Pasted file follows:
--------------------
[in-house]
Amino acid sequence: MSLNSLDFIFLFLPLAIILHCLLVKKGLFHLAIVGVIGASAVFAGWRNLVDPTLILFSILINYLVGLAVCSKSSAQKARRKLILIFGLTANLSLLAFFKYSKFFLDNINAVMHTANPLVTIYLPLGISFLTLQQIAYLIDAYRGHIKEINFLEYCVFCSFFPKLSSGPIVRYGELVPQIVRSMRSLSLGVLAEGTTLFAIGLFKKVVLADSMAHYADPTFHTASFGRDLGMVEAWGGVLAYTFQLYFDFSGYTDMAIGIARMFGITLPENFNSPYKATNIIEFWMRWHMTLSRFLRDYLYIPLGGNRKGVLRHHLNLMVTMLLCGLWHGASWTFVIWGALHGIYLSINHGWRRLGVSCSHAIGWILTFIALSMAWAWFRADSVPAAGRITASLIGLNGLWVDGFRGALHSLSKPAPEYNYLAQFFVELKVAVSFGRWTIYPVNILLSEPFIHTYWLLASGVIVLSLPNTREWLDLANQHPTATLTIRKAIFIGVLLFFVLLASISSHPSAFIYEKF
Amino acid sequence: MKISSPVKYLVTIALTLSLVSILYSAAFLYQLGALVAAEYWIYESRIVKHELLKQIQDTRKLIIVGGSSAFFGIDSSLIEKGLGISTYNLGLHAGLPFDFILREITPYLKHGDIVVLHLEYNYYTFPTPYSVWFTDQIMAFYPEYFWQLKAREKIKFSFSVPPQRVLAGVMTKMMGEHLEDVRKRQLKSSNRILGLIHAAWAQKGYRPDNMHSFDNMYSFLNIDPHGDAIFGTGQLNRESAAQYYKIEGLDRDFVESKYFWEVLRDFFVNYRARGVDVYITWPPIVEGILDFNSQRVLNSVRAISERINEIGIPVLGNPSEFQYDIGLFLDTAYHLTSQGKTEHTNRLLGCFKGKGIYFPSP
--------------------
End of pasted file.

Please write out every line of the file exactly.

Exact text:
[in-house]
Amino acid sequence: MSLNSLDFIFLFLPLAIILHCLLVKKGLFHLAIVGVIGASAVFAGWRNLVDPTLILFSILINYLVGLAVCSKSSAQKARRKLILIFGLTANLSLLAFFKYSKFFLDNINAVMHTANPLVTIYLPLGISFLTLQQIAYLIDAYRGHIKEINFLEYCVFCSFFPKLSSGPIVRYGELVPQIVRSMRSLSLGVLAEGTTLFAIGLFKKVVLADSMAHYADPTFHTASFGRDLGMVEAWGGVLAYTFQLYFDFSGYTDMAIGIARMFGITLPENFNSPYKATNIIEFWMRWHMTLSRFLRDYLYIPLGGNRKGVLRHHLNLMVTMLLCGLWHGASWTFVIWGALHGIYLSINHGWRRLGVSCSHAIGWILTFIALSMAWAWFRADSVPAAGRITASLIGLNGLWVDGFRGALHSLSKPAPEYNYLAQFFVELKVAVSFGRWTIYPVNILLSEPFIHTYWLLASGVIVLSLPNTREWLDLANQHPTATLTIRKAIFIGVLLFFVLLASISSHPSAFIYEKF
Amino acid sequence: MKISSPVKYLVTIALTLSLVSILYSAAFLYQLGALVAAEYWIYESRIVKHELLKQIQDTRKLIIVGGSSAFFGIDSSLIEKGLGISTYNLGLHAGLPFDFILREITPYLKHGDIVVLHLEYNYYTFPTPYSVWFTDQIMAFYPEYFWQLKAREKIKFSFSVPPQRVLAGVMTKMMGEHLEDVRKRQLKSSNRILGLIHAAWAQKGYRPDNMHSFDNMYSFLNIDPHGDAIFGTGQLNRESAAQYYKIEGLDRDFVESKYFWEVLRDFFVNYRARGVDVYITWPPIVEGILDFNSQRVLNSVRAISERINEIGIPVLGNPSEFQYDIGLFLDTAYHLTSQGKTEHTNRLLGCFKGKGIYFPSP